Mycelial stock cultures of Agaricus bisporus, A. bitorquis, Pleurotus flabellatus, P. sajor-caju, P. ostreatus, P. sapidus, Auricularia polytricha, Lentinula edodes, Morchella esculenta and Volvariella volvacea were maintained by frequent subculturing at an interval of two months and separately as wheat grain spawn in liquid nitrogen with 15% glycerol. Preservation of mushroom stock cultures as wheat grain spawn under liquid nitrogen proved to be the better method of maintenance. The percent recoveries of stored samples were unchanged from the first recovery after six months to the last recovery after 42 months in nine out of 11 stock cultures preserved under liquid nitrogen. However, a marginal decline in survival of 10 % was recorded in Auricularia polytricha and Volvariella volvacea. Yields before preservation of mushroom stock cultures and after 30 months of preservation exhibited static biological efficiency and fruitbody weight. The comparison of Random Amplified Polymorphic DNA (RAPD) and Internal Transcribed Spacers (ITS) PCR amplified products did not exhibit DNA fragment variation in banding patterns at the intraspecific level during preservation of stock cultures by either method. The modified cryopreservation protocol and experimental demonstration of genetic stability of stock cultures reported here validate the use of mushroom cryopreservation techniques and supports studies on genetic stability of preserved biological materials.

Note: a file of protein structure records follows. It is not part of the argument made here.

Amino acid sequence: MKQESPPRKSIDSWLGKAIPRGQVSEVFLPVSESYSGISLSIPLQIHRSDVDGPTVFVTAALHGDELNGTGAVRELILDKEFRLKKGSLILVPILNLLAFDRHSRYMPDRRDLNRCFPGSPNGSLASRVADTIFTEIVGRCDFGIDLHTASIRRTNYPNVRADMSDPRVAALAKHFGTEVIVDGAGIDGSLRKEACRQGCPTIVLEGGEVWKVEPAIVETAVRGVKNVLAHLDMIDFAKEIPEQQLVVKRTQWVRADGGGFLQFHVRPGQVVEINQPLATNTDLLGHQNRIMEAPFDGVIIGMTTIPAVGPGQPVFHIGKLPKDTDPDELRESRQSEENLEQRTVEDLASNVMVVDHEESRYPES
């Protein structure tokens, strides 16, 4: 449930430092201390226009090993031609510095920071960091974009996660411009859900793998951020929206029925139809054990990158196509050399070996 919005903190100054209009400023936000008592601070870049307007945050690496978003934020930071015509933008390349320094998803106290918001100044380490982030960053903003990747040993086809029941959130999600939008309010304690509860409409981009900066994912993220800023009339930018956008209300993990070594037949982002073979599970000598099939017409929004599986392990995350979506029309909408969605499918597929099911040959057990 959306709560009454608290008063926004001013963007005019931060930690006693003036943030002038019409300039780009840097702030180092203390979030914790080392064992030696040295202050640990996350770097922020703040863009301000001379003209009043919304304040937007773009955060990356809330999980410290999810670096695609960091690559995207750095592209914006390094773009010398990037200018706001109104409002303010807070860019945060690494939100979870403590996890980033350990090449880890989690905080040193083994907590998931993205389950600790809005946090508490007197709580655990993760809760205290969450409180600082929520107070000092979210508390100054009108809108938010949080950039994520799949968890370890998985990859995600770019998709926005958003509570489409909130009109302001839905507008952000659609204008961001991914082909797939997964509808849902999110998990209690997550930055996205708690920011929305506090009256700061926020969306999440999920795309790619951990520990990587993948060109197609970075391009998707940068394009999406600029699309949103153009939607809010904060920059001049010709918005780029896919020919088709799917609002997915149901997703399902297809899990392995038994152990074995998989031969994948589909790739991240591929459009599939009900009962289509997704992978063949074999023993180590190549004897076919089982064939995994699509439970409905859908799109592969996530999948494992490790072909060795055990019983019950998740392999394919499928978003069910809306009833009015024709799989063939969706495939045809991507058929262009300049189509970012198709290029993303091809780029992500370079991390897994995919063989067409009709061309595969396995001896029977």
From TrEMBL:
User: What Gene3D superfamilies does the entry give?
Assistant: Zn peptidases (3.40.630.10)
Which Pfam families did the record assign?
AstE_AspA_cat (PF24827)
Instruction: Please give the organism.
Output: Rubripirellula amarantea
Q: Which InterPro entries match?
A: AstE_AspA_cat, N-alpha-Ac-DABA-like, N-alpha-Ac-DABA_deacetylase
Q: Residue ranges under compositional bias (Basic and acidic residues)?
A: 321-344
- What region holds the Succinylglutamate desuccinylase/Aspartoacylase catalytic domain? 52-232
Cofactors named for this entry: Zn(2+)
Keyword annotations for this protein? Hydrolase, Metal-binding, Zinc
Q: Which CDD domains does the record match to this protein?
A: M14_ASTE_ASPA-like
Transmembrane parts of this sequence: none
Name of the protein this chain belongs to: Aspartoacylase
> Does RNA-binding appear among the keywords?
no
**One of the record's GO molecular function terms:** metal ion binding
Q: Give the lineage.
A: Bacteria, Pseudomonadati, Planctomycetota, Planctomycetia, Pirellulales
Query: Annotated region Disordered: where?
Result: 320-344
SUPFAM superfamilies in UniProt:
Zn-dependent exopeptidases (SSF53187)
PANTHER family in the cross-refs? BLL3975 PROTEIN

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Document Type: Regular Paper
Publication date: January 1, 2004
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CryoLetters is a bimonthly international journal for low temperature sciences, including cryobiology, cryopreservation or vitrification of cells and tissues, chemical and physical aspects of freezing and drying, and studies involving ecology of cold environments, and cold adaptation
The journal publishes original research reports, authoritative reviews, technical developments and commissioned book reviews of studies of the effects produced by low temperatures on a wide variety of scientific and technical processes, or those involving low temperature techniques in the investigation of physical, chemical, biological and ecological problems.